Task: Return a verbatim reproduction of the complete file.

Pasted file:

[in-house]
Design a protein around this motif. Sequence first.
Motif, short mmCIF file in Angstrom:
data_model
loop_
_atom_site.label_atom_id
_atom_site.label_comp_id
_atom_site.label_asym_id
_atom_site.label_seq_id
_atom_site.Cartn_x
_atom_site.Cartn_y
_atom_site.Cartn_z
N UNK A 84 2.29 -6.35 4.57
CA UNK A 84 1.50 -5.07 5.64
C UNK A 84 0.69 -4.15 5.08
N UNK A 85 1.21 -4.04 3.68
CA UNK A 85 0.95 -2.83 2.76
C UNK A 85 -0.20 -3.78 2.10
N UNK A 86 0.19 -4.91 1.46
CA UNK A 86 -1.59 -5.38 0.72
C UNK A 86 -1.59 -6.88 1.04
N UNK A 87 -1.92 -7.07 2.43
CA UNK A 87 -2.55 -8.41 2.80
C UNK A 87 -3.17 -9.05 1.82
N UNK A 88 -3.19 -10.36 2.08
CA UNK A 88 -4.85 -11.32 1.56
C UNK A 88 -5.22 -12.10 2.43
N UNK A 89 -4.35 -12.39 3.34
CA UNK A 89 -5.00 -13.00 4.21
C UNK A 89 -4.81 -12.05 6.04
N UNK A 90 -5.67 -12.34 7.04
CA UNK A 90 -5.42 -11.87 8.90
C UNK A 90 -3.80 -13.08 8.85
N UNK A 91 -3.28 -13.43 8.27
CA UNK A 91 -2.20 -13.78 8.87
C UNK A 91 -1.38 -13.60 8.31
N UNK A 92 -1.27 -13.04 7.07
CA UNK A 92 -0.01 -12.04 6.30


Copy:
[in-house]
Design a protein around this motif. Sequence first.
Motif, short mmCIF file in Angstrom:
data_model
loop_
_atom_site.label_atom_id
_atom_site.label_comp_id
_atom_site.label_asym_id
_atom_site.label_seq_id
_atom_site.Cartn_x
_atom_site.Cartn_y
_atom_site.Cartn_z
N UNK A 84 2.29 -6.35 4.57
CA UNK A 84 1.50 -5.07 5.64
C UNK A 84 0.69 -4.15 5.08
N UNK A 85 1.21 -4.04 3.68
CA UNK A 85 0.95 -2.83 2.76
C UNK A 85 -0.20 -3.78 2.10
N UNK A 86 0.19 -4.91 1.46
CA UNK A 86 -1.59 -5.38 0.72
C UNK A 86 -1.59 -6.88 1.04
N UNK A 87 -1.92 -7.07 2.43
CA UNK A 87 -2.55 -8.41 2.80
C UNK A 87 -3.17 -9.05 1.82
N UNK A 88 -3.19 -10.36 2.08
CA UNK A 88 -4.85 -11.32 1.56
C UNK A 88 -5.22 -12.10 2.43
N UNK A 89 -4.35 -12.39 3.34
CA UNK A 89 -5.00 -13.00 4.21
C UNK A 89 -4.81 -12.05 6.04
N UNK A 90 -5.67 -12.34 7.04
CA UNK A 90 -5.42 -11.87 8.90
C UNK A 90 -3.80 -13.08 8.85
N UNK A 91 -3.28 -13.43 8.27
CA UNK A 91 -2.20 -13.78 8.87
C UNK A 91 -1.38 -13.60 8.31
N UNK A 92 -1.27 -13.04 7.07
CA UNK A 92 -0.01 -12.04 6.30